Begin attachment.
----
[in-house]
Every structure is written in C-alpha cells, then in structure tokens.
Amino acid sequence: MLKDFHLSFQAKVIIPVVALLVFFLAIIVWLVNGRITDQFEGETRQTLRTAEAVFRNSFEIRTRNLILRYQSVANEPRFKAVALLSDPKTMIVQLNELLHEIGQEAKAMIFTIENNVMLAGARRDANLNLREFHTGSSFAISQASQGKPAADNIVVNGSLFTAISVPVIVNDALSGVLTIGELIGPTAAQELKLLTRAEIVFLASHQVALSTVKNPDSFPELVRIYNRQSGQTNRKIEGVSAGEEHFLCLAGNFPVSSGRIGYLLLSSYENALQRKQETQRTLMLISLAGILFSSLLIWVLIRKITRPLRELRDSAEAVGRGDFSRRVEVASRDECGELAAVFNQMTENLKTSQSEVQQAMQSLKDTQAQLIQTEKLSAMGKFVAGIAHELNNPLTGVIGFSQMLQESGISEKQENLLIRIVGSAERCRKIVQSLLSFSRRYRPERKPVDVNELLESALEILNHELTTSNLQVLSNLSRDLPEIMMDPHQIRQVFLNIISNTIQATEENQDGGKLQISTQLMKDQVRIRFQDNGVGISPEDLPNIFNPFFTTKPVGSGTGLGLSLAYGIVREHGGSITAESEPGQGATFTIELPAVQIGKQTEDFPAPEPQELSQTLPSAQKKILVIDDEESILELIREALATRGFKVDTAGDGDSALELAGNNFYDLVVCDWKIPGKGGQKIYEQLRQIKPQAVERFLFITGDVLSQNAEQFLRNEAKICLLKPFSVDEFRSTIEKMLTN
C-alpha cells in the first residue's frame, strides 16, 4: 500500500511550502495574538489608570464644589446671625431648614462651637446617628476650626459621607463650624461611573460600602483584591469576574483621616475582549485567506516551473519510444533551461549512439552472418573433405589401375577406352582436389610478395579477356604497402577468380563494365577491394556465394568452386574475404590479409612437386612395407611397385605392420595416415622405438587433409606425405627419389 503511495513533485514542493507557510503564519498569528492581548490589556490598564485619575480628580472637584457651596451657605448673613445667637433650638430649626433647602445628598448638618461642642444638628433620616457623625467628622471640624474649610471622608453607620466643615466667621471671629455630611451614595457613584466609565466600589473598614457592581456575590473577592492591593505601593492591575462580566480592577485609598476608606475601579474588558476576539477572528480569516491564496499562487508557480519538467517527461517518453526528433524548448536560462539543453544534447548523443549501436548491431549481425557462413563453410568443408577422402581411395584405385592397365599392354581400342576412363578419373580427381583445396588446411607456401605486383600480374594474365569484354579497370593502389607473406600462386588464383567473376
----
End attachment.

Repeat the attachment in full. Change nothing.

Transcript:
[in-house]
Every structure is written in C-alpha cells, then in structure tokens.
Amino acid sequence: MLKDFHLSFQAKVIIPVVALLVFFLAIIVWLVNGRITDQFEGETRQTLRTAEAVFRNSFEIRTRNLILRYQSVANEPRFKAVALLSDPKTMIVQLNELLHEIGQEAKAMIFTIENNVMLAGARRDANLNLREFHTGSSFAISQASQGKPAADNIVVNGSLFTAISVPVIVNDALSGVLTIGELIGPTAAQELKLLTRAEIVFLASHQVALSTVKNPDSFPELVRIYNRQSGQTNRKIEGVSAGEEHFLCLAGNFPVSSGRIGYLLLSSYENALQRKQETQRTLMLISLAGILFSSLLIWVLIRKITRPLRELRDSAEAVGRGDFSRRVEVASRDECGELAAVFNQMTENLKTSQSEVQQAMQSLKDTQAQLIQTEKLSAMGKFVAGIAHELNNPLTGVIGFSQMLQESGISEKQENLLIRIVGSAERCRKIVQSLLSFSRRYRPERKPVDVNELLESALEILNHELTTSNLQVLSNLSRDLPEIMMDPHQIRQVFLNIISNTIQATEENQDGGKLQISTQLMKDQVRIRFQDNGVGISPEDLPNIFNPFFTTKPVGSGTGLGLSLAYGIVREHGGSITAESEPGQGATFTIELPAVQIGKQTEDFPAPEPQELSQTLPSAQKKILVIDDEESILELIREALATRGFKVDTAGDGDSALELAGNNFYDLVVCDWKIPGKGGQKIYEQLRQIKPQAVERFLFITGDVLSQNAEQFLRNEAKICLLKPFSVDEFRSTIEKMLTN
C-alpha cells in the first residue's frame, strides 16, 4: 500500500511550502495574538489608570464644589446671625431648614462651637446617628476650626459621607463650624461611573460600602483584591469576574483621616475582549485567506516551473519510444533551461549512439552472418573433405589401375577406352582436389610478395579477356604497402577468380563494365577491394556465394568452386574475404590479409612437386612395407611397385605392420595416415622405438587433409606425405627419389 503511495513533485514542493507557510503564519498569528492581548490589556490598564485619575480628580472637584457651596451657605448673613445667637433650638430649626433647602445628598448638618461642642444638628433620616457623625467628622471640624474649610471622608453607620466643615466667621471671629455630611451614595457613584466609565466600589473598614457592581456575590473577592492591593505601593492591575462580566480592577485609598476608606475601579474588558476576539477572528480569516491564496499562487508557480519538467517527461517518453526528433524548448536560462539543453544534447548523443549501436548491431549481425557462413563453410568443408577422402581411395584405385592397365599392354581400342576412363578419373580427381583445396588446411607456401605486383600480374594474365569484354579497370593502389607473406600462386588464383567473376